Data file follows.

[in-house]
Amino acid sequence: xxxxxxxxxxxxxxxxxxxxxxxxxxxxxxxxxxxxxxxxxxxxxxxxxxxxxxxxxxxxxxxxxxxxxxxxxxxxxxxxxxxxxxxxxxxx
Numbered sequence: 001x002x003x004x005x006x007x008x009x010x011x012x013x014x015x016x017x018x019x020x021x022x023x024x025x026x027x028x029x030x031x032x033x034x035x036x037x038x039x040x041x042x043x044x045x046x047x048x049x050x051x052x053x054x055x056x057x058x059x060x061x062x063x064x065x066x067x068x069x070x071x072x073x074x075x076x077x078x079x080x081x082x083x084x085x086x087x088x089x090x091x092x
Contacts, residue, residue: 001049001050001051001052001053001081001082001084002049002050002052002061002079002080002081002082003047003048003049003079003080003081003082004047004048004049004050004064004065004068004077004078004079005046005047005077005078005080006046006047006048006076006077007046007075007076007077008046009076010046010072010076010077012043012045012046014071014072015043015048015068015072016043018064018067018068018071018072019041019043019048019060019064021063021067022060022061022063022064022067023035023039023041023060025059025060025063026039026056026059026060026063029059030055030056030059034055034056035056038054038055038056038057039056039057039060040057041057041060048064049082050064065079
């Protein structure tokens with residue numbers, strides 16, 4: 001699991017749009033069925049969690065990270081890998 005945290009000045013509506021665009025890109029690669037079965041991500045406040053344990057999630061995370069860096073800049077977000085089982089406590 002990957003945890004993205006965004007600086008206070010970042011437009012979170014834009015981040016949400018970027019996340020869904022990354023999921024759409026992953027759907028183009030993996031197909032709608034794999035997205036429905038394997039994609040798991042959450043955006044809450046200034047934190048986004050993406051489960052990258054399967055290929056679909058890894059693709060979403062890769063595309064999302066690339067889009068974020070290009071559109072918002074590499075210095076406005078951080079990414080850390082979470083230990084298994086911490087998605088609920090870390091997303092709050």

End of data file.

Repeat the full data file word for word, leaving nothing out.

[in-house]
Amino acid sequence: xxxxxxxxxxxxxxxxxxxxxxxxxxxxxxxxxxxxxxxxxxxxxxxxxxxxxxxxxxxxxxxxxxxxxxxxxxxxxxxxxxxxxxxxxxxx
Numbered sequence: 001x002x003x004x005x006x007x008x009x010x011x012x013x014x015x016x017x018x019x020x021x022x023x024x025x026x027x028x029x030x031x032x033x034x035x036x037x038x039x040x041x042x043x044x045x046x047x048x049x050x051x052x053x054x055x056x057x058x059x060x061x062x063x064x065x066x067x068x069x070x071x072x073x074x075x076x077x078x079x080x081x082x083x084x085x086x087x088x089x090x091x092x
Contacts, residue, residue: 001049001050001051001052001053001081001082001084002049002050002052002061002079002080002081002082003047003048003049003079003080003081003082004047004048004049004050004064004065004068004077004078004079005046005047005077005078005080006046006047006048006076006077007046007075007076007077008046009076010046010072010076010077012043012045012046014071014072015043015048015068015072016043018064018067018068018071018072019041019043019048019060019064021063021067022060022061022063022064022067023035023039023041023060025059025060025063026039026056026059026060026063029059030055030056030059034055034056035056038054038055038056038057039056039057039060040057041057041060048064049082050064065079
């Protein structure tokens with residue numbers, strides 16, 4: 001699991017749009033069925049969690065990270081890998 005945290009000045013509506021665009025890109029690669037079965041991500045406040053344990057999630061995370069860096073800049077977000085089982089406590 002990957003945890004993205006965004007600086008206070010970042011437009012979170014834009015981040016949400018970027019996340020869904022990354023999921024759409026992953027759907028183009030993996031197909032709608034794999035997205036429905038394997039994609040798991042959450043955006044809450046200034047934190048986004050993406051489960052990258054399967055290929056679909058890894059693709060979403062890769063595309064999302066690339067889009068974020070290009071559109072918002074590499075210095076406005078951080079990414080850390082979470083230990084298994086911490087998605088609920090870390091997303092709050």